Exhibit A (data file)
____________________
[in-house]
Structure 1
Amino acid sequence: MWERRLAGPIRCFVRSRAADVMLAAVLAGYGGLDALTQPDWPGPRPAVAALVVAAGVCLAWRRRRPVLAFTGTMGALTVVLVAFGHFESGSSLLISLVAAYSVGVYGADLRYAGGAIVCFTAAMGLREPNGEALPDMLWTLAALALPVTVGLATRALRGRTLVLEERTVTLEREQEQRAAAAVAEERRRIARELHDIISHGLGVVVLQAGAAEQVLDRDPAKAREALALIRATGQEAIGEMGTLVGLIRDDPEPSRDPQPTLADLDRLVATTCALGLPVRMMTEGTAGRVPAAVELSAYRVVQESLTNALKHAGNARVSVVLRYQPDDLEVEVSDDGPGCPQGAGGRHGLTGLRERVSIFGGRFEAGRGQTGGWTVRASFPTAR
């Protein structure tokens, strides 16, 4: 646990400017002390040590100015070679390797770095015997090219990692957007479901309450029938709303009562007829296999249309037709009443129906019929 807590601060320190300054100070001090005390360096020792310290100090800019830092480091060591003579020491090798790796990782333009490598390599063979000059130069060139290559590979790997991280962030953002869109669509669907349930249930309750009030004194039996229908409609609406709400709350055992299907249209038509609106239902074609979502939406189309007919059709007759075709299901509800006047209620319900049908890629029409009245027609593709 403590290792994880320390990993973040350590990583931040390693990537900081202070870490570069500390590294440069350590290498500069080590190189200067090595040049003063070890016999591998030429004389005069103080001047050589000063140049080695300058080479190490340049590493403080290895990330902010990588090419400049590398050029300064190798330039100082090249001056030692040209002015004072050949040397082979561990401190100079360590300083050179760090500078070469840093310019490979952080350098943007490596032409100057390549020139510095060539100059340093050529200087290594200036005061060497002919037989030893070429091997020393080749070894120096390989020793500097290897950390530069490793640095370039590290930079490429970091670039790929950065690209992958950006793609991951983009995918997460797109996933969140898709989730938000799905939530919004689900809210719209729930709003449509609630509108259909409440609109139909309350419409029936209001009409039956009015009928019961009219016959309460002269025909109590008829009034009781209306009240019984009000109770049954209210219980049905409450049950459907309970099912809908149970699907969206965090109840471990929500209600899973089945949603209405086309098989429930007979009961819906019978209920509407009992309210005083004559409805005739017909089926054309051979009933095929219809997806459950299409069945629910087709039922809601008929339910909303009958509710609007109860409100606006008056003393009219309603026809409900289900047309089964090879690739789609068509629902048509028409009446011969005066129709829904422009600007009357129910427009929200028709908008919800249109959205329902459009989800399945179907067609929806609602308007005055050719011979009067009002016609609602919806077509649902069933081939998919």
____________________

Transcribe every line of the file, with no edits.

[in-house]
Structure 1
Amino acid sequence: MWERRLAGPIRCFVRSRAADVMLAAVLAGYGGLDALTQPDWPGPRPAVAALVVAAGVCLAWRRRRPVLAFTGTMGALTVVLVAFGHFESGSSLLISLVAAYSVGVYGADLRYAGGAIVCFTAAMGLREPNGEALPDMLWTLAALALPVTVGLATRALRGRTLVLEERTVTLEREQEQRAAAAVAEERRRIARELHDIISHGLGVVVLQAGAAEQVLDRDPAKAREALALIRATGQEAIGEMGTLVGLIRDDPEPSRDPQPTLADLDRLVATTCALGLPVRMMTEGTAGRVPAAVELSAYRVVQESLTNALKHAGNARVSVVLRYQPDDLEVEVSDDGPGCPQGAGGRHGLTGLRERVSIFGGRFEAGRGQTGGWTVRASFPTAR
């Protein structure tokens, strides 16, 4: 646990400017002390040590100015070679390797770095015997090219990692957007479901309450029938709303009562007829296999249309037709009443129906019929 807590601060320190300054100070001090005390360096020792310290100090800019830092480091060591003579020491090798790796990782333009490598390599063979000059130069060139290559590979790997991280962030953002869109669509669907349930249930309750009030004194039996229908409609609406709400709350055992299907249209038509609106239902074609979502939406189309007919059709007759075709299901509800006047209620319900049908890629029409009245027609593709 403590290792994880320390990993973040350590990583931040390693990537900081202070870490570069500390590294440069350590290498500069080590190189200067090595040049003063070890016999591998030429004389005069103080001047050589000063140049080695300058080479190490340049590493403080290895990330902010990588090419400049590398050029300064190798330039100082090249001056030692040209002015004072050949040397082979561990401190100079360590300083050179760090500078070469840093310019490979952080350098943007490596032409100057390549020139510095060539100059340093050529200087290594200036005061060497002919037989030893070429091997020393080749070894120096390989020793500097290897950390530069490793640095370039590290930079490429970091670039790929950065690209992958950006793609991951983009995918997460797109996933969140898709989730938000799905939530919004689900809210719209729930709003449509609630509108259909409440609109139909309350419409029936209001009409039956009015009928019961009219016959309460002269025909109590008829009034009781209306009240019984009000109770049954209210219980049905409450049950459907309970099912809908149970699907969206965090109840471990929500209600899973089945949603209405086309098989429930007979009961819906019978209920509407009992309210005083004559409805005739017909089926054309051979009933095929219809997806459950299409069945629910087709039922809601008929339910909303009958509710609007109860409100606006008056003393009219309603026809409900289900047309089964090879690739789609068509629902048509028409009446011969005066129709829904422009600007009357129910427009929200028709908008919800249109959205329902459009989800399945179907067609929806609602308007005055050719011979009067009002016609609602919806077509649902069933081939998919």